Inside the restaurant is full and almost completely with locals, but wither that’s because this is a well kept local secret or because  it’s the last week of the official tourist season I don’t know. I’m not sure of the name of the restaurant  (I think it’s “Ortas”) so I took a photo of the serviette with the details.

(Copyright © Kiwidutch)

(Copyright © Kiwidutch)

There is a sign on the wall that I ask about, our in-laws don’t know either so we ask the friendly waiter who explains that it’s a left over from the “old days” when every commercial establishment was required to show what sort of category it was in, this sign therefore declares (because this is a restaurant) that this is “Establishment type number four”.

There is also an old style cabinet that houses a set of  wine taps, an old painting done in the Greek Orthodox style of  the Last Supper and in complete contrast, a new beer bottle that’s been heated and stretched so that the neck has both been decapitated from the rest of the bottle but is still at the same attached.  Later in the evening, whilst we are having desert, the chef comes out from the kitchen and joins some of the locals at a nearby table for a drink and a chat.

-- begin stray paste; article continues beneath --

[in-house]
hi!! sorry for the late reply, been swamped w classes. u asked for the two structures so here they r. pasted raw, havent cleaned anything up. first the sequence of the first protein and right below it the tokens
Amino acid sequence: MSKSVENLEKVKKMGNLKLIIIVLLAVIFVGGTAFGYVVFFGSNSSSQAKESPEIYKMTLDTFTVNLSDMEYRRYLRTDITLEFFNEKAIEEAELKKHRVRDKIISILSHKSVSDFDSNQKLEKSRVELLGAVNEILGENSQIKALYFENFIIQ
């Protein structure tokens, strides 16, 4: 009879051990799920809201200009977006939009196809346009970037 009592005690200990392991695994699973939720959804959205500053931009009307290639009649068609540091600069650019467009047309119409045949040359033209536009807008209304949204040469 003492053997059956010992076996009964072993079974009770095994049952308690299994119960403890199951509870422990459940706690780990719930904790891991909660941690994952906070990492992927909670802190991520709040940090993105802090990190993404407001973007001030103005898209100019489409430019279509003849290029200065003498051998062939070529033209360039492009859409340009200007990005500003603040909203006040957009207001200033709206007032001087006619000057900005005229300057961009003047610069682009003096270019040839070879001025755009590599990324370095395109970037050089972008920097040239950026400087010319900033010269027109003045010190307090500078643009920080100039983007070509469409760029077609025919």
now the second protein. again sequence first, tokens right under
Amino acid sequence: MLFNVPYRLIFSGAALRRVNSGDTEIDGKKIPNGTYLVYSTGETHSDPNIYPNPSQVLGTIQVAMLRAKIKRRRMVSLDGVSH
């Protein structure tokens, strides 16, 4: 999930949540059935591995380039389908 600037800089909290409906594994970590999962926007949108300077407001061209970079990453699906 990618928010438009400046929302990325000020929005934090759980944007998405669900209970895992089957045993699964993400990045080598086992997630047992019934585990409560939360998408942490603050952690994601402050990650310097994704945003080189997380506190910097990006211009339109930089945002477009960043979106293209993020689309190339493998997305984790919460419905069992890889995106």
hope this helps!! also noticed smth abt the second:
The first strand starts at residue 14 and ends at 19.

The meal here is “unconventional” compared with the menu’s we have experienced so far in Greece, but fabulous all the same. The waiter is a young man who speaks good English so he explains the menu and we all take pot luck and choose something different. The meal was amazing: I will keep the fried fish on Palio Trikeri Island in first place as the best meal I’ve had in years, but this is a close second.